Wednesday, May 25, 2016

Student Webs: Taut or Flaccid?!

Does your students' thinking suffer from loose connections? Are they unable to see how the smaller details fit together to make a coherent, larger picture? Does the word "flaccid" come to mind?! Fear no more! Periods 3 and 4 English 9 students can help your students take their thinking from flaccid to taut in record quick time! 

Yes folks, that's right, from a tentative spider-ish web of dangling and loose threads to an exemplary web of lines you could bounce a quarter off of, clear connections are the key to a good web. 

Montgomery Periods 3 & 4 Russian Revolution Web. Please click to enlarge.
 We used color coding: blue for terms, orange for people, and yellow for events. Then we voted about setting this up as columns or concentric circles. The vast majority of students liked the concentric circles. Pretty much buried in the center area is the subject matter, "Russian Revolution." 

In preparation for reading George Orwell's Animal Farm, a basic understanding of the Russian Revolution is helpful. You can see that student absences resulted in some missing events, people and terms, but overall, you get the effect of a web. 

The day we created the web, and the day we made the connections were a bit, ah, let's say "busy," but I like the overall visual impact of the work. For my students this was an opportunity to make learning 1) visible 2) tactile and, 3) kinesthetic.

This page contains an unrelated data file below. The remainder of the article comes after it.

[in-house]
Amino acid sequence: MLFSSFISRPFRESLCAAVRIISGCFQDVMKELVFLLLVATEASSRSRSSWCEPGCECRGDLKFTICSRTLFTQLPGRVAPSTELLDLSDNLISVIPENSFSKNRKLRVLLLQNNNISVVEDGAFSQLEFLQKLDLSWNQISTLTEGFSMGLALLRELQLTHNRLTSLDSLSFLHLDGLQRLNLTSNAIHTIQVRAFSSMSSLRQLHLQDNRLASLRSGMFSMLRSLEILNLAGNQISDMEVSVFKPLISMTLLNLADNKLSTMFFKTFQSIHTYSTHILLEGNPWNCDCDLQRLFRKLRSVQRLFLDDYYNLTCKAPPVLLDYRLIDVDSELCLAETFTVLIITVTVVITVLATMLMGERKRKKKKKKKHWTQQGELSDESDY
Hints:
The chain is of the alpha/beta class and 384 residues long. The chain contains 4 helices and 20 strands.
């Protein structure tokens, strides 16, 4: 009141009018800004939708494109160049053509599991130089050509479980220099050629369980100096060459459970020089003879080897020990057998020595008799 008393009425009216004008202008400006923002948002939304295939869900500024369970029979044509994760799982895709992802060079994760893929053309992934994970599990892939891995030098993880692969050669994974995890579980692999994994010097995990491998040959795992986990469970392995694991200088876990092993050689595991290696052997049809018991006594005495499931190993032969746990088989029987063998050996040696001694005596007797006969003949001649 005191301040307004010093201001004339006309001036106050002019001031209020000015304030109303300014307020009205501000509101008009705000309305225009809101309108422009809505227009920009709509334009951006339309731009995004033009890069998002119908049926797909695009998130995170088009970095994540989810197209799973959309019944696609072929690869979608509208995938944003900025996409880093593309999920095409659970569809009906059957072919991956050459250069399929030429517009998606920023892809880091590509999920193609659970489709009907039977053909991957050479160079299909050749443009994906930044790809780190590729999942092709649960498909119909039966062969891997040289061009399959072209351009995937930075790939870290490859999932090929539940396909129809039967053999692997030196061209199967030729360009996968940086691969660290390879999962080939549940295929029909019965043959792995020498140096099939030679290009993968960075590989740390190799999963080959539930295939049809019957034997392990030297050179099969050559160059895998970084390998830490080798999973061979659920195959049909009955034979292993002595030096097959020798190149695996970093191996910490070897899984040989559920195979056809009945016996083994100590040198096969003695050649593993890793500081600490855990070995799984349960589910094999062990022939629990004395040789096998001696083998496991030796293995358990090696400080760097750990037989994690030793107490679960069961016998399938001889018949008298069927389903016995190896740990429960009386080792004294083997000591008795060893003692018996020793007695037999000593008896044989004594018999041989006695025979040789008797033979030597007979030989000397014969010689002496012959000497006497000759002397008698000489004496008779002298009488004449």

Webbing is a great organizational tool for NON linear thinkers. As terms, people, and events pop into their heads, there's a spot to plunk it, and then all the lines criss-crossing the space emphasize just how many connections can be made.

Webbing is a bit messy and chaotic for my linear thinkers, but they were flexible and tried to ride out the craziness. We've talked about how seemingly unrelated events and people, given the right circumstances, can change the course of history. 

Now, as we make our way through Animal Farm, we keep referring to this visual representation of the web of people, ideas, and events as they are allegorized in the novel. 

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